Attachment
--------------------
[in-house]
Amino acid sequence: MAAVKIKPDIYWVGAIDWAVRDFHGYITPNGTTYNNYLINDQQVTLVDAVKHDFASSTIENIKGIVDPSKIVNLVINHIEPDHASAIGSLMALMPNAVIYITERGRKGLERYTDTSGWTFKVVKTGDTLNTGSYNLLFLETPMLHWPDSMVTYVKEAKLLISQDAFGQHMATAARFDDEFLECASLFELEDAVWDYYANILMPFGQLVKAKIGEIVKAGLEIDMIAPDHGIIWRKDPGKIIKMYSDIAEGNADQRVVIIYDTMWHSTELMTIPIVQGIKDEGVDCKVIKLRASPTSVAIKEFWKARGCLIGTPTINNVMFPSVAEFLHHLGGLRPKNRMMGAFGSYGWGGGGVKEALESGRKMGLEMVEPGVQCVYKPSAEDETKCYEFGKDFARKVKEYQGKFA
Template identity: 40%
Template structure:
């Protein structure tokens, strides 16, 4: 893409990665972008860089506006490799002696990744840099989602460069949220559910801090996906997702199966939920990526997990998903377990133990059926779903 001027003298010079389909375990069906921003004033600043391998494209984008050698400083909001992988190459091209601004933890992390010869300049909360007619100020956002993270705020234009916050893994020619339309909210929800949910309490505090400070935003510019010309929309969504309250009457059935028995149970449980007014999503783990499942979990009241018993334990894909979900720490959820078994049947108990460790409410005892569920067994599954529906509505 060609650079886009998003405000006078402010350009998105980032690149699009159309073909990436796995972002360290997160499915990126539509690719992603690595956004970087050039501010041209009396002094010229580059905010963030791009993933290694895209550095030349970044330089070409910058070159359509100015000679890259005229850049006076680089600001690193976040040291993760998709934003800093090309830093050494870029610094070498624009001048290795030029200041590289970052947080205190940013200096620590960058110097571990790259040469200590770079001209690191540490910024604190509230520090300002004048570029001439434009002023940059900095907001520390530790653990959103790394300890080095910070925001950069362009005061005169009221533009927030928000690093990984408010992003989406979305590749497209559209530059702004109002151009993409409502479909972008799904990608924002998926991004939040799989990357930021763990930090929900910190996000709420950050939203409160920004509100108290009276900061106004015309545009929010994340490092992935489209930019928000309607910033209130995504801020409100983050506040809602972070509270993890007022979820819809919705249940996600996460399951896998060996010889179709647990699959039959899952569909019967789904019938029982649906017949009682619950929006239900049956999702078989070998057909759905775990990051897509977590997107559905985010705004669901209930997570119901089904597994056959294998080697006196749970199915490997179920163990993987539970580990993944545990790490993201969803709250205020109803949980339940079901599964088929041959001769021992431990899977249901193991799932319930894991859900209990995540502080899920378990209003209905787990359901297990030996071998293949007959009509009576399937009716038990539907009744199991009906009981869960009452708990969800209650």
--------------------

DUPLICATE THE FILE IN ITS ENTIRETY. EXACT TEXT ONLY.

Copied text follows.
[in-house]
Amino acid sequence: MAAVKIKPDIYWVGAIDWAVRDFHGYITPNGTTYNNYLINDQQVTLVDAVKHDFASSTIENIKGIVDPSKIVNLVINHIEPDHASAIGSLMALMPNAVIYITERGRKGLERYTDTSGWTFKVVKTGDTLNTGSYNLLFLETPMLHWPDSMVTYVKEAKLLISQDAFGQHMATAARFDDEFLECASLFELEDAVWDYYANILMPFGQLVKAKIGEIVKAGLEIDMIAPDHGIIWRKDPGKIIKMYSDIAEGNADQRVVIIYDTMWHSTELMTIPIVQGIKDEGVDCKVIKLRASPTSVAIKEFWKARGCLIGTPTINNVMFPSVAEFLHHLGGLRPKNRMMGAFGSYGWGGGGVKEALESGRKMGLEMVEPGVQCVYKPSAEDETKCYEFGKDFARKVKEYQGKFA
Template identity: 40%
Template structure:
């Protein structure tokens, strides 16, 4: 893409990665972008860089506006490799002696990744840099989602460069949220559910801090996906997702199966939920990526997990998903377990133990059926779903 001027003298010079389909375990069906921003004033600043391998494209984008050698400083909001992988190459091209601004933890992390010869300049909360007619100020956002993270705020234009916050893994020619339309909210929800949910309490505090400070935003510019010309929309969504309250009457059935028995149970449980007014999503783990499942979990009241018993334990894909979900720490959820078994049947108990460790409410005892569920067994599954529906509505 060609650079886009998003405000006078402010350009998105980032690149699009159309073909990436796995972002360290997160499915990126539509690719992603690595956004970087050039501010041209009396002094010229580059905010963030791009993933290694895209550095030349970044330089070409910058070159359509100015000679890259005229850049006076680089600001690193976040040291993760998709934003800093090309830093050494870029610094070498624009001048290795030029200041590289970052947080205190940013200096620590960058110097571990790259040469200590770079001209690191540490910024604190509230520090300002004048570029001439434009002023940059900095907001520390530790653990959103790394300890080095910070925001950069362009005061005169009221533009927030928000690093990984408010992003989406979305590749497209559209530059702004109002151009993409409502479909972008799904990608924002998926991004939040799989990357930021763990930090929900910190996000709420950050939203409160920004509100108290009276900061106004015309545009929010994340490092992935489209930019928000309607910033209130995504801020409100983050506040809602972070509270993890007022979820819809919705249940996600996460399951896998060996010889179709647990699959039959899952569909019967789904019938029982649906017949009682619950929006239900049956999702078989070998057909759905775990990051897509977590997107559905985010705004669901209930997570119901089904597994056959294998080697006196749970199915490997179920163990993987539970580990993944545990790490993201969803709250205020109803949980339940079901599964088929041959001769021992431990899977249901193991799932319930894991859900209990995540502080899920378990209003209905787990359901297990030996071998293949007959009509009576399937009716038990539907009744199991009906009981869960009452708990969800209650």